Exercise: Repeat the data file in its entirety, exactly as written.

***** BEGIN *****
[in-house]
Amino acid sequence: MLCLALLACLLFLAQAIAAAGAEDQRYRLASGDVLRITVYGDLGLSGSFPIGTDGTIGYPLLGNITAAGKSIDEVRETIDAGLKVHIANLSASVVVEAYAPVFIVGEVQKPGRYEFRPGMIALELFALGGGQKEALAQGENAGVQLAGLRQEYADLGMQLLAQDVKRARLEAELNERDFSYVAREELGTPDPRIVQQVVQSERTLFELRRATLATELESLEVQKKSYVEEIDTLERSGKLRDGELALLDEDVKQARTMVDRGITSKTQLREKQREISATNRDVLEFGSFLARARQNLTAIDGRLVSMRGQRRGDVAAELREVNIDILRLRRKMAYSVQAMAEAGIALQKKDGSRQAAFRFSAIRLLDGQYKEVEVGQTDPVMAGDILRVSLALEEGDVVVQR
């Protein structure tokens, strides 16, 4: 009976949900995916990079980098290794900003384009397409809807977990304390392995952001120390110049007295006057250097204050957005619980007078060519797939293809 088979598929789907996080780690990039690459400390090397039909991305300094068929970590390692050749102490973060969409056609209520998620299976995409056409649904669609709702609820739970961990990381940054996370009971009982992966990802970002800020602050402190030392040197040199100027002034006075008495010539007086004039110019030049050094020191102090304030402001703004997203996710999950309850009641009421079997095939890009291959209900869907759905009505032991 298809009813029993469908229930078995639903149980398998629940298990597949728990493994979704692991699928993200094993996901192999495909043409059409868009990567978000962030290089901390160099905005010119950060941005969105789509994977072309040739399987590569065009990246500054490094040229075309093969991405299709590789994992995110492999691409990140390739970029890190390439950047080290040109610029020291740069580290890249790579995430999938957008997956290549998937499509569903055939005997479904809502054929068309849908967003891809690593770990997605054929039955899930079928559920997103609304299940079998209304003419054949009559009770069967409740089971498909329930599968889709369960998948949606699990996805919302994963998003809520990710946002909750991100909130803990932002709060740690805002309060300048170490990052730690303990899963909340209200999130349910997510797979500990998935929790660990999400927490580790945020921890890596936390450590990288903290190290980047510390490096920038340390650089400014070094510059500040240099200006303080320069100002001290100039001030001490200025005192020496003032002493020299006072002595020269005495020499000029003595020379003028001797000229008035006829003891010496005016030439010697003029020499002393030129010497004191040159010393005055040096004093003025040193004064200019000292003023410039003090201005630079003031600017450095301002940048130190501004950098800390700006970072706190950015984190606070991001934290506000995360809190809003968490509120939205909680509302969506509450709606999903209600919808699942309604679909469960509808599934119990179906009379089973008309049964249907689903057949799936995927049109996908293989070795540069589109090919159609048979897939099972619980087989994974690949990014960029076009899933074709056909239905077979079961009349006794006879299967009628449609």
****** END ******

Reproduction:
[in-house]
Amino acid sequence: MLCLALLACLLFLAQAIAAAGAEDQRYRLASGDVLRITVYGDLGLSGSFPIGTDGTIGYPLLGNITAAGKSIDEVRETIDAGLKVHIANLSASVVVEAYAPVFIVGEVQKPGRYEFRPGMIALELFALGGGQKEALAQGENAGVQLAGLRQEYADLGMQLLAQDVKRARLEAELNERDFSYVAREELGTPDPRIVQQVVQSERTLFELRRATLATELESLEVQKKSYVEEIDTLERSGKLRDGELALLDEDVKQARTMVDRGITSKTQLREKQREISATNRDVLEFGSFLARARQNLTAIDGRLVSMRGQRRGDVAAELREVNIDILRLRRKMAYSVQAMAEAGIALQKKDGSRQAAFRFSAIRLLDGQYKEVEVGQTDPVMAGDILRVSLALEEGDVVVQR
């Protein structure tokens, strides 16, 4: 009976949900995916990079980098290794900003384009397409809807977990304390392995952001120390110049007295006057250097204050957005619980007078060519797939293809 088979598929789907996080780690990039690459400390090397039909991305300094068929970590390692050749102490973060969409056609209520998620299976995409056409649904669609709702609820739970961990990381940054996370009971009982992966990802970002800020602050402190030392040197040199100027002034006075008495010539007086004039110019030049050094020191102090304030402001703004997203996710999950309850009641009421079997095939890009291959209900869907759905009505032991 298809009813029993469908229930078995639903149980398998629940298990597949728990493994979704692991699928993200094993996901192999495909043409059409868009990567978000962030290089901390160099905005010119950060941005969105789509994977072309040739399987590569065009990246500054490094040229075309093969991405299709590789994992995110492999691409990140390739970029890190390439950047080290040109610029020291740069580290890249790579995430999938957008997956290549998937499509569903055939005997479904809502054929068309849908967003891809690593770990997605054929039955899930079928559920997103609304299940079998209304003419054949009559009770069967409740089971498909329930599968889709369960998948949606699990996805919302994963998003809520990710946002909750991100909130803990932002709060740690805002309060300048170490990052730690303990899963909340209200999130349910997510797979500990998935929790660990999400927490580790945020921890890596936390450590990288903290190290980047510390490096920038340390650089400014070094510059500040240099200006303080320069100002001290100039001030001490200025005192020496003032002493020299006072002595020269005495020499000029003595020379003028001797000229008035006829003891010496005016030439010697003029020499002393030129010497004191040159010393005055040096004093003025040193004064200019000292003023410039003090201005630079003031600017450095301002940048130190501004950098800390700006970072706190950015984190606070991001934290506000995360809190809003968490509120939205909680509302969506509450709606999903209600919808699942309604679909469960509808599934119990179906009379089973008309049964249907689903057949799936995927049109996908293989070795540069589109090919159609048979897939099972619980087989994974690949990014960029076009899933074709056909239905077979079961009349006794006879299967009628449609």